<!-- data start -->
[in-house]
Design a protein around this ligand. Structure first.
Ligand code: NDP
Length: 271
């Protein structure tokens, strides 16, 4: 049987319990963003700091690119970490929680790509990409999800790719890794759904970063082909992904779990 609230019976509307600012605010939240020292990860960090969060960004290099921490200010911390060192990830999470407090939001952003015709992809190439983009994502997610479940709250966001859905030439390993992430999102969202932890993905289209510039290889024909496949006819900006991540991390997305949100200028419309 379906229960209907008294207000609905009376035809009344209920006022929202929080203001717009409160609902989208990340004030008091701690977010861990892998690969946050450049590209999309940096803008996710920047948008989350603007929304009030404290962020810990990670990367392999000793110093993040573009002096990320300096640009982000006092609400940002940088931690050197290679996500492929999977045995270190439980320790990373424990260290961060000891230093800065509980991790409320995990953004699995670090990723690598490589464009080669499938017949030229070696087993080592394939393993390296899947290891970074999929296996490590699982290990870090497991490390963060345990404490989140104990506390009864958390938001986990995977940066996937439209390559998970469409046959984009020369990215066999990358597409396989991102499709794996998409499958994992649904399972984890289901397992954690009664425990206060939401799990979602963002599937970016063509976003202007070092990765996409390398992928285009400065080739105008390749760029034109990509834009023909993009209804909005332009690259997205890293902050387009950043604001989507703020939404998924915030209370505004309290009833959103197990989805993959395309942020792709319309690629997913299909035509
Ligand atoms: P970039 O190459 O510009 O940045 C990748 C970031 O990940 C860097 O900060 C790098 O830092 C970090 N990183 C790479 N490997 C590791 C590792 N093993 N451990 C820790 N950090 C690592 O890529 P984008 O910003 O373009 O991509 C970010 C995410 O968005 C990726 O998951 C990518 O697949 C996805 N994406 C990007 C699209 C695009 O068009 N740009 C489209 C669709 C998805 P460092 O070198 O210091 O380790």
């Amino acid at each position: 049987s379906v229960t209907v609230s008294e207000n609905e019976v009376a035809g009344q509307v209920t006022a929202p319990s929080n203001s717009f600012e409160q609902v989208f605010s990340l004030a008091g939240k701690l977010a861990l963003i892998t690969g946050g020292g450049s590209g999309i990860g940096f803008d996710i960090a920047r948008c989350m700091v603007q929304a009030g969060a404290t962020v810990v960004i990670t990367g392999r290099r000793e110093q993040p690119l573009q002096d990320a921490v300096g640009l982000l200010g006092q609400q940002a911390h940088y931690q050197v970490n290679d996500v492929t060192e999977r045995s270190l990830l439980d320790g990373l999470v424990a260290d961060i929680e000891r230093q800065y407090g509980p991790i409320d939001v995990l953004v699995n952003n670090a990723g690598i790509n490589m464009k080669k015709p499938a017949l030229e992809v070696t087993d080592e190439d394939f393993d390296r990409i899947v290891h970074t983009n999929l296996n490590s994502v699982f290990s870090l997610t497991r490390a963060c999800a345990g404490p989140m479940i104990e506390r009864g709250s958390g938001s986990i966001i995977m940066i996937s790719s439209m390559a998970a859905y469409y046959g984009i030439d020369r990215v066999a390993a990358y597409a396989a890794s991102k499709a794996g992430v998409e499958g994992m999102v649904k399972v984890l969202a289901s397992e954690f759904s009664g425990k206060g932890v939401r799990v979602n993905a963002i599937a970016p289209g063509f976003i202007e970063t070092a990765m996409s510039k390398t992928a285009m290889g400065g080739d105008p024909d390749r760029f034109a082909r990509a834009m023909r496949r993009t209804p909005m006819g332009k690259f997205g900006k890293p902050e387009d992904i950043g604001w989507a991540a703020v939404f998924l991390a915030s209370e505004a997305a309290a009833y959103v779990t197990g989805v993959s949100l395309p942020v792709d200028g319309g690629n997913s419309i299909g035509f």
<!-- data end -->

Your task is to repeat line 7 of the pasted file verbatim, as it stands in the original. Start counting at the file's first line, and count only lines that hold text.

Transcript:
């Amino acid at each position: 049987s379906v229960t209907v609230s008294e207000n609905e019976v009376a035809g009344q509307v209920t006022a929202p319990s929080n203001s717009f600012e409160q609902v989208f605010s990340l004030a008091g939240k701690l977010a861990l963003i892998t690969g946050g020292g450049s590209g999309i990860g940096f803008d996710i960090a920047r948008c989350m700091v603007q929304a009030g969060a404290t962020v810990v960004i990670t990367g392999r290099r000793e110093q993040p690119l573009q002096d990320a921490v300096g640009l982000l200010g006092q609400q940002a911390h940088y931690q050197v970490n290679d996500v492929t060192e999977r045995s270190l990830l439980d320790g990373l999470v424990a260290d961060i929680e000891r230093q800065y407090g509980p991790i409320d939001v995990l953004v699995n952003n670090a990723g690598i790509n490589m464009k080669k015709p499938a017949l030229e992809v070696t087993d080592e190439d394939f393993d390296r990409i899947v290891h970074t983009n999929l296996n490590s994502v699982f290990s870090l997610t497991r490390a963060c999800a345990g404490p989140m479940i104990e506390r009864g709250s958390g938001s986990i966001i995977m940066i996937s790719s439209m390559a998970a859905y469409y046959g984009i030439d020369r990215v066999a390993a990358y597409a396989a890794s991102k499709a794996g992430v998409e499958g994992m999102v649904k399972v984890l969202a289901s397992e954690f759904s009664g425990k206060g932890v939401r799990v979602n993905a963002i599937a970016p289209g063509f976003i202007e970063t070092a990765m996409s510039k390398t992928a285009m290889g400065g080739d105008p024909d390749r760029f034109a082909r990509a834009m023909r496949r993009t209804p909005m006819g332009k690259f997205g900006k890293p902050e387009d992904i950043g604001w989507a991540a703020v939404f998924l991390a915030s209370e505004a997305a309290a009833y959103v779990t197990g989805v993959s949100l395309p942020v792709d200028g319309g690629n997913s419309i299909g035509f």